Textron selects Canadian suppliers for Afghanistan MSFV programme

14 March 2012 (Last Updated March 14th, 2012 04:30)

Textron Systems Canada has selected seven Canadian companies to provide components for the Afghanistan National Army’s (ANA) Mobile Strike Force Vehicle (MSFV) programme.

Tactical Armoured Patrol Vehicle

Textron Systems Canada has selected seven Canadian companies to provide components for the Afghanistan National Army's (ANA) Mobile Strike Force Vehicle (MSFV) programme.

The contracts, worth $10m, also include the provision of support for the Textron Marine & Land Systems' (TM&L) proposed Tactical Armoured Patrol Vehicle (TAPV) for the Canadian Forces and other armoured vehicle programmes with the company.

Michelin North America will provide specialised tires, EODC the armoured vehicle belly plates, and General Dynamics Canada will supply display units for the vehicles.

General Kinetics will provide shock absorbers, heating, ventilation and air conditioning (HVAC) components will be provided by Mobile Climate Control, while the transfer cases and armour steel will be supplied by Ontario Drive & Gear and Evraz Steel respectively.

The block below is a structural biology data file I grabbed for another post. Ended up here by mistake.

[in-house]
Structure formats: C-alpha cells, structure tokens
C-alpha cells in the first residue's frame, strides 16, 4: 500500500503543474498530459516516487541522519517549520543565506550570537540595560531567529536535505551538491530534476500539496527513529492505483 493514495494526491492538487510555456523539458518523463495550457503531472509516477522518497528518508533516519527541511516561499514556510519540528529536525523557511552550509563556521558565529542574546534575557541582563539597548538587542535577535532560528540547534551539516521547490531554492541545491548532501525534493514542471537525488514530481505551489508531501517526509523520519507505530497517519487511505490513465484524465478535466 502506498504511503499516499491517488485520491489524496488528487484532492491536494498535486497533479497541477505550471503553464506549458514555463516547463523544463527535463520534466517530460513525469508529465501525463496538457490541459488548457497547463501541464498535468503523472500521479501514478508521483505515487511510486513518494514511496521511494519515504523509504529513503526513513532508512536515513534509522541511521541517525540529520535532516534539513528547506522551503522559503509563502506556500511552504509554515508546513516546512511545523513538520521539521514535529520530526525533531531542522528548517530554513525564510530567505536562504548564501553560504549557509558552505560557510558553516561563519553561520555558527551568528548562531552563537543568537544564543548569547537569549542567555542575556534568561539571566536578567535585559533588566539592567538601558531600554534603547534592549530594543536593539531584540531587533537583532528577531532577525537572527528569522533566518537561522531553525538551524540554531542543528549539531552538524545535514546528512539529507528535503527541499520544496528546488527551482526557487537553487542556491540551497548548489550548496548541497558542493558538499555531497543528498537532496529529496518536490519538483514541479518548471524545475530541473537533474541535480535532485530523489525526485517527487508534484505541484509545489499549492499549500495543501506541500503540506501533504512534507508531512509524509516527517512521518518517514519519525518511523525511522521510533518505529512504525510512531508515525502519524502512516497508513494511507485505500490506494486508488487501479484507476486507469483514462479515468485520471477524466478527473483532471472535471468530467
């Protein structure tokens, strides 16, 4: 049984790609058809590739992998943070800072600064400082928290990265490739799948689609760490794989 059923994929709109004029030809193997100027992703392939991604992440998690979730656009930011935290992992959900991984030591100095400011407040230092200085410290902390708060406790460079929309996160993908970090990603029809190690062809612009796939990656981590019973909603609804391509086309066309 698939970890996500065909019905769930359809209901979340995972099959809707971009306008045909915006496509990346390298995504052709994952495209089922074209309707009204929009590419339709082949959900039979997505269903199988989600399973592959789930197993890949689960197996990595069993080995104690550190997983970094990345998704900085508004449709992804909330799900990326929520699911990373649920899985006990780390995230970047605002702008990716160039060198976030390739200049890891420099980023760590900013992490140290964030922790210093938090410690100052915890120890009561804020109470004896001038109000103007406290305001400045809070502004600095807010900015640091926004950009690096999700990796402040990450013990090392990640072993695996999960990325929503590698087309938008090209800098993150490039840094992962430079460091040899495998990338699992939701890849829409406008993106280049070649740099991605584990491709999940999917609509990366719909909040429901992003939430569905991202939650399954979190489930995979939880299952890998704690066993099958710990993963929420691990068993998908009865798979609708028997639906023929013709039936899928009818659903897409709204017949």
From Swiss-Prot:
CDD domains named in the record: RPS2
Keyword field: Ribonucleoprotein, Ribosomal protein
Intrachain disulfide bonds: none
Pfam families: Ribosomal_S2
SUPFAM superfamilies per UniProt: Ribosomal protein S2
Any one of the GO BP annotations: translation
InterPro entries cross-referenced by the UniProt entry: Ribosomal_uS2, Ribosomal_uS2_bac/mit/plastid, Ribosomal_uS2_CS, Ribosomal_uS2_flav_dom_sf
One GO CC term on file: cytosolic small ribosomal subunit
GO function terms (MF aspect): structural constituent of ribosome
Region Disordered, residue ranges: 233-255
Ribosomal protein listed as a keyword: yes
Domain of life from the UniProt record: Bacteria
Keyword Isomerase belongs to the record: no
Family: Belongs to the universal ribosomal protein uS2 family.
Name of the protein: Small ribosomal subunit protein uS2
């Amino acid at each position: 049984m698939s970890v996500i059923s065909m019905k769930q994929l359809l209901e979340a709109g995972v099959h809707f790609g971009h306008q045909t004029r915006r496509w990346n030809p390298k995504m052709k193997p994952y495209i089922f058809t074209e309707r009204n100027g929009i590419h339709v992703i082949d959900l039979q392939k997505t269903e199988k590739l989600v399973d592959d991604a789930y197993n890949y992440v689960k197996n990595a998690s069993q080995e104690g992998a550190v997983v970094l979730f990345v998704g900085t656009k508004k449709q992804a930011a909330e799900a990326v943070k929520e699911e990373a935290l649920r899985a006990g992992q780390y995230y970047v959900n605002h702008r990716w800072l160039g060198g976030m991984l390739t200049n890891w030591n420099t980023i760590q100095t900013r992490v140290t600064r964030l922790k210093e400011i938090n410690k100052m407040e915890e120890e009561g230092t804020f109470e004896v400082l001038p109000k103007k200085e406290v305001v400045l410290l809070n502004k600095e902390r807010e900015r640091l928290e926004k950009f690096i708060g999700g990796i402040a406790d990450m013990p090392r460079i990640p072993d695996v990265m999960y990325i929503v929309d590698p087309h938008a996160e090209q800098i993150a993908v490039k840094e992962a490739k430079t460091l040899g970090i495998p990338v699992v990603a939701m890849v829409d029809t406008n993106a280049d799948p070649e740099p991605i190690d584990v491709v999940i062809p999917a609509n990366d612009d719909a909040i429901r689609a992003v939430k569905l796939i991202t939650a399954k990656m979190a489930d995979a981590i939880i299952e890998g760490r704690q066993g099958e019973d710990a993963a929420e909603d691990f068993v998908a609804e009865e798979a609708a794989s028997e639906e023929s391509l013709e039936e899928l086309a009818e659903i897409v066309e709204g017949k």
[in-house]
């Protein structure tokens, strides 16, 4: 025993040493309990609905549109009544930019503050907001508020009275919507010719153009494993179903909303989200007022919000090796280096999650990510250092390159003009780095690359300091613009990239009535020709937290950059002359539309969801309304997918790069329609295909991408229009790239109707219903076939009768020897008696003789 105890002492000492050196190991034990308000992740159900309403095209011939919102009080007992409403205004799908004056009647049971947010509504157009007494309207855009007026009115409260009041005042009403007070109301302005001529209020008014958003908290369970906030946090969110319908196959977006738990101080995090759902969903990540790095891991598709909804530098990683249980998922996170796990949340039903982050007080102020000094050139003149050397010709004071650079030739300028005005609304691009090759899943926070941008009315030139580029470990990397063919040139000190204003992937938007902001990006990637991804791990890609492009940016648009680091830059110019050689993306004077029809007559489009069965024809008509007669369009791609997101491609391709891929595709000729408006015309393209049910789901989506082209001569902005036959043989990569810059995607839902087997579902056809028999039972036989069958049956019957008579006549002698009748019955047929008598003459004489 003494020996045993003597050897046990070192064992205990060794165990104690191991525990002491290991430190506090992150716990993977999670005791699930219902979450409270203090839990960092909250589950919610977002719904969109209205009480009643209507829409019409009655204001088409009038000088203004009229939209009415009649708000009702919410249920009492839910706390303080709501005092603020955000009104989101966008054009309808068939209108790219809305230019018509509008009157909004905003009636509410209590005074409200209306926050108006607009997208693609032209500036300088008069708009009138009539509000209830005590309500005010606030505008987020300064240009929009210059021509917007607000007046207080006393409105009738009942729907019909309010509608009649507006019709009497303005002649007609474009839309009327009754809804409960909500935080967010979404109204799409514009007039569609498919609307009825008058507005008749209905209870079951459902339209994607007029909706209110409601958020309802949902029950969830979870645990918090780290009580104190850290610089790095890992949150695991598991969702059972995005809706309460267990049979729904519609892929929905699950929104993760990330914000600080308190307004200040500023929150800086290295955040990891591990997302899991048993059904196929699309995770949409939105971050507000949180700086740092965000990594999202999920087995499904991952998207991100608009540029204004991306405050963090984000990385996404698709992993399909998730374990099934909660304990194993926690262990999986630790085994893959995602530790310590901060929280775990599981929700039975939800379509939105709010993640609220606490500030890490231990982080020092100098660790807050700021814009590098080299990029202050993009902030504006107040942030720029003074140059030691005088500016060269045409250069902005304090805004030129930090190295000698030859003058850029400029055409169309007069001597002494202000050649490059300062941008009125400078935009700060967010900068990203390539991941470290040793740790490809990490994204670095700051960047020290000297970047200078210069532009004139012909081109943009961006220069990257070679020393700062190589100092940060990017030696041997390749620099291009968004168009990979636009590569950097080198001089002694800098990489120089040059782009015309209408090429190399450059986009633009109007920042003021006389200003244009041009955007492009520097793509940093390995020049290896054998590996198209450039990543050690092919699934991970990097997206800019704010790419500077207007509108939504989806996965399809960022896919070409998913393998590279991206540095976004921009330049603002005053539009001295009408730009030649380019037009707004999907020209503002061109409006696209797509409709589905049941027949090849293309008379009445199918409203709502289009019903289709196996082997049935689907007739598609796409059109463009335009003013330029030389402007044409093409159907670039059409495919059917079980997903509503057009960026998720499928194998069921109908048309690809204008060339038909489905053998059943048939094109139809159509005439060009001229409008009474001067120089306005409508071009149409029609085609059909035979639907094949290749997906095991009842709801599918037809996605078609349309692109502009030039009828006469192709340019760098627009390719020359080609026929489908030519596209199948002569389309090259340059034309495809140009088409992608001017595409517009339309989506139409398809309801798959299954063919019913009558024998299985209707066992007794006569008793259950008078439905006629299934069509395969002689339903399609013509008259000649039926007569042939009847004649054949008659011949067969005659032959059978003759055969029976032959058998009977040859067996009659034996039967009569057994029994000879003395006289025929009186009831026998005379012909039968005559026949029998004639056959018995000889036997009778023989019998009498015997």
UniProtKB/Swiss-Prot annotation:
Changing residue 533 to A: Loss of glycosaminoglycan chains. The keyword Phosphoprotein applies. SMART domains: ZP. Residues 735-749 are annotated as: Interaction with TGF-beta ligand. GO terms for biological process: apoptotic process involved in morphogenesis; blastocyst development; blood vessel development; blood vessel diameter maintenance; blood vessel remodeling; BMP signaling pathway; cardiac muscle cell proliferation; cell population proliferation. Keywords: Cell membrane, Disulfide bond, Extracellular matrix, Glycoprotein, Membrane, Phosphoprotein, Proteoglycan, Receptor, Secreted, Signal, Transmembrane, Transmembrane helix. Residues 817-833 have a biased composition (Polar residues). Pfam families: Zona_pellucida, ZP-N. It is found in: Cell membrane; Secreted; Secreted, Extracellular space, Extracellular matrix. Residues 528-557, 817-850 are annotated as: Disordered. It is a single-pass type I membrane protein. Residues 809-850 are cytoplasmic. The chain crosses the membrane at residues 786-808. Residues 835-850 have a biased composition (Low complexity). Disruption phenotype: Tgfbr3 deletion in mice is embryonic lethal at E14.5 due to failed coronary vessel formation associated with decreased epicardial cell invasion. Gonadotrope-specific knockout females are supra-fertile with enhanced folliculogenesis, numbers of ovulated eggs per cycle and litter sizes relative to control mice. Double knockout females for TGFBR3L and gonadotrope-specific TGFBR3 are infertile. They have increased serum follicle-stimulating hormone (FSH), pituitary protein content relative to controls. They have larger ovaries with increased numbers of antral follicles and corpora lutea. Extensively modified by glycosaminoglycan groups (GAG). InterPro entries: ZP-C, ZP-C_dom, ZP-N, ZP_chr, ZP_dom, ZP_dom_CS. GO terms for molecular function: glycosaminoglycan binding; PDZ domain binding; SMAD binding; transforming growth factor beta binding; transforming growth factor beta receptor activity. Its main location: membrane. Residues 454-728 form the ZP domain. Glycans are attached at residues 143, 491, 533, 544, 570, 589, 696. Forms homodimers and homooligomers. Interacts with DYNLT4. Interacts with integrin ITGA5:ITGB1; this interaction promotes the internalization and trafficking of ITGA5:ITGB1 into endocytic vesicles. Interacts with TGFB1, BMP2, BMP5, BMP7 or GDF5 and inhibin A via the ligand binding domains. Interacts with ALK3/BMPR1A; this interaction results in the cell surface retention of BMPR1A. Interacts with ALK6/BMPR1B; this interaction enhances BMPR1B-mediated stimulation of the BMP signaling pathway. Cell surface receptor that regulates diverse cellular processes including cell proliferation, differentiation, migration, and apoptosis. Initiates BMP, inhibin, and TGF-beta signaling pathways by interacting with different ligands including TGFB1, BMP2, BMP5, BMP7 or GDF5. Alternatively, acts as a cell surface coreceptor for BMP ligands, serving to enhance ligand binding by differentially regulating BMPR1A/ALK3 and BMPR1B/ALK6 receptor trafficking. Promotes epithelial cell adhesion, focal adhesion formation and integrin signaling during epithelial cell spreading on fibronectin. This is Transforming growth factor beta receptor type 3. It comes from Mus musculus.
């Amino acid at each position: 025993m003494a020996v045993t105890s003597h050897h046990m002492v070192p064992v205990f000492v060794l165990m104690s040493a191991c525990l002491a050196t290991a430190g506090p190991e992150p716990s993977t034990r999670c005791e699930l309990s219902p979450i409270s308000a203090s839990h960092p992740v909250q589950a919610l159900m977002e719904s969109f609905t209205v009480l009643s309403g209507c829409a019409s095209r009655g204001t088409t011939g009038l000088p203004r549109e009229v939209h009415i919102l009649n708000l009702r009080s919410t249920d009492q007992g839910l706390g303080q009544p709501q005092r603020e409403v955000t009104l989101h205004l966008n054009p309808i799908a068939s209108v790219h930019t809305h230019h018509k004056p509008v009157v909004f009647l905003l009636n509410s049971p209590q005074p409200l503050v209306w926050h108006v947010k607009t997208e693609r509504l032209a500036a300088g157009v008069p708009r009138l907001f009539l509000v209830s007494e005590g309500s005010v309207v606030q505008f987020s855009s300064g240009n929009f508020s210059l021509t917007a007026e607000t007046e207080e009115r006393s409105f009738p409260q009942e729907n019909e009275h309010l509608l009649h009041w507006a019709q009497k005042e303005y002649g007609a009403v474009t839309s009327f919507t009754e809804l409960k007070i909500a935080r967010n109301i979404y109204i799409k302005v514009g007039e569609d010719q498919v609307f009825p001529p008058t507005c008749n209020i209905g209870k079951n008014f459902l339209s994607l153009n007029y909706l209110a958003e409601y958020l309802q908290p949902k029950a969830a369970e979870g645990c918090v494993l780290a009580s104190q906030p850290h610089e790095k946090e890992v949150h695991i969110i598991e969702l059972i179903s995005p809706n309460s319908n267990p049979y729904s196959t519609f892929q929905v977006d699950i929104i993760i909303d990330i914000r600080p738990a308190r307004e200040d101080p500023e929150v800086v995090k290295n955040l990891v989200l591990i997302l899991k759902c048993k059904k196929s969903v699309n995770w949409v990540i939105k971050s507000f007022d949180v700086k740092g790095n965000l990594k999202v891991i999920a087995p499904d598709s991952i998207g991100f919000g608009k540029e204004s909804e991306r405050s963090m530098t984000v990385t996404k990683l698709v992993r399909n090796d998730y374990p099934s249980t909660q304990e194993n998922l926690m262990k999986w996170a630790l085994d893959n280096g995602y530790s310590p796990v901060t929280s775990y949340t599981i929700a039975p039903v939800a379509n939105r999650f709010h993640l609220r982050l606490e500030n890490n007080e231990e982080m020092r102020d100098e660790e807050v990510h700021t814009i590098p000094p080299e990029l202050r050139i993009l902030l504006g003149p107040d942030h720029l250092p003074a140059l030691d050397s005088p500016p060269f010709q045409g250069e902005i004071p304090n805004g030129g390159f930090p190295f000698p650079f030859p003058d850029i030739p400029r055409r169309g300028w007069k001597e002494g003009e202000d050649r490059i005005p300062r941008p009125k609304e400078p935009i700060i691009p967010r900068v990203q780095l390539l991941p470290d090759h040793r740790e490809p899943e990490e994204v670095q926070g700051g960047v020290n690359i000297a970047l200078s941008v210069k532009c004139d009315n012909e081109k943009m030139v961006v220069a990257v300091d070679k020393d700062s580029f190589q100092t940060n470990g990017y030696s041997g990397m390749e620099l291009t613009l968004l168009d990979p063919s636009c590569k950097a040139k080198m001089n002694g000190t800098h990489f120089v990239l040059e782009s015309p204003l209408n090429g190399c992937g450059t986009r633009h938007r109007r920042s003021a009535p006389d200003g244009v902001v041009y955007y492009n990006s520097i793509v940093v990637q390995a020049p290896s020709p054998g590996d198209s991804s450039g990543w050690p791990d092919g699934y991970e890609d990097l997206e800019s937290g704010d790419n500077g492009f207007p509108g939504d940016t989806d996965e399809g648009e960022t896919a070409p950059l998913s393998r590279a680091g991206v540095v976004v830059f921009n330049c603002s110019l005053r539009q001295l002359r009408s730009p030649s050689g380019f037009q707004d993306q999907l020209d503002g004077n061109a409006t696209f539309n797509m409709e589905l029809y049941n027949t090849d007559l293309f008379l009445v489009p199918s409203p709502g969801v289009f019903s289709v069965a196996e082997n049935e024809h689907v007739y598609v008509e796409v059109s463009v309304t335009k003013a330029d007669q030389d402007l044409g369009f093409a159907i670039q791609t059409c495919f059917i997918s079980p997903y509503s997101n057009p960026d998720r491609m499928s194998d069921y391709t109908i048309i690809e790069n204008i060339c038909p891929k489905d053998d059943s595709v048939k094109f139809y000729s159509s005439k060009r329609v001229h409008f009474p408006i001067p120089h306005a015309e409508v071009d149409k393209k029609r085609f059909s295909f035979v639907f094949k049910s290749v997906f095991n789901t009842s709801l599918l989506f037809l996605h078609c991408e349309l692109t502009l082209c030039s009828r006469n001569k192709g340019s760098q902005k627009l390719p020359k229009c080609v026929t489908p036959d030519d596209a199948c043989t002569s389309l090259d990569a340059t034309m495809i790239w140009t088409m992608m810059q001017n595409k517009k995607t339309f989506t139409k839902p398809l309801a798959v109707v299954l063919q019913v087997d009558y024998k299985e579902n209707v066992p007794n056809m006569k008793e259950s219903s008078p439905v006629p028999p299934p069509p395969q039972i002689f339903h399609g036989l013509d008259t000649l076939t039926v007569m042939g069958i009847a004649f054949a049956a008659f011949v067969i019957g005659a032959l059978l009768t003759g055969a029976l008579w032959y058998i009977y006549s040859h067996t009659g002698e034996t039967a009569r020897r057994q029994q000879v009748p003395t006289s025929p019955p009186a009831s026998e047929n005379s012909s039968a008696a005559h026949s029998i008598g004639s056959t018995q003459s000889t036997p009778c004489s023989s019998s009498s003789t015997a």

Canadian-produced vehicle components will be integrated into more than 300 Afghan MSFVs, being built at Textron Marine & Land Systems' manufacturing facilities in Louisiana, US.

Based on the TM&L Systems-built M1117 armoured security vehicle (ASV), the MSFV is being developed in three variants which include an armoured personnel carrier (APC) with gunner's protective kit, an APC with turret, and an armoured ambulance.

The vehicles will provide ANA with quick reaction force (QRF) capability, which will prove critical when the US strategically withdraws combat forces from Afghanistan by the end of 2014.

As part of the programme, the Afghanistan army received the first 18 production MSFV to theatre in November 2011.

Work on vehicle assembly is scheduled to run into 2013.

Textron's proposed TAPV aims to protect troops from roadside bombs and blasts while providing large power reserves for future electronics enhancements to deliver survivability, mobility, versatility and lethality to the user.

Image: Afghanistan National Army's Mobile Strike Force Vehicle is based on US Army's M-1117 armoured security vehicle. Photo: Spc. Micah E. Clare, US Army.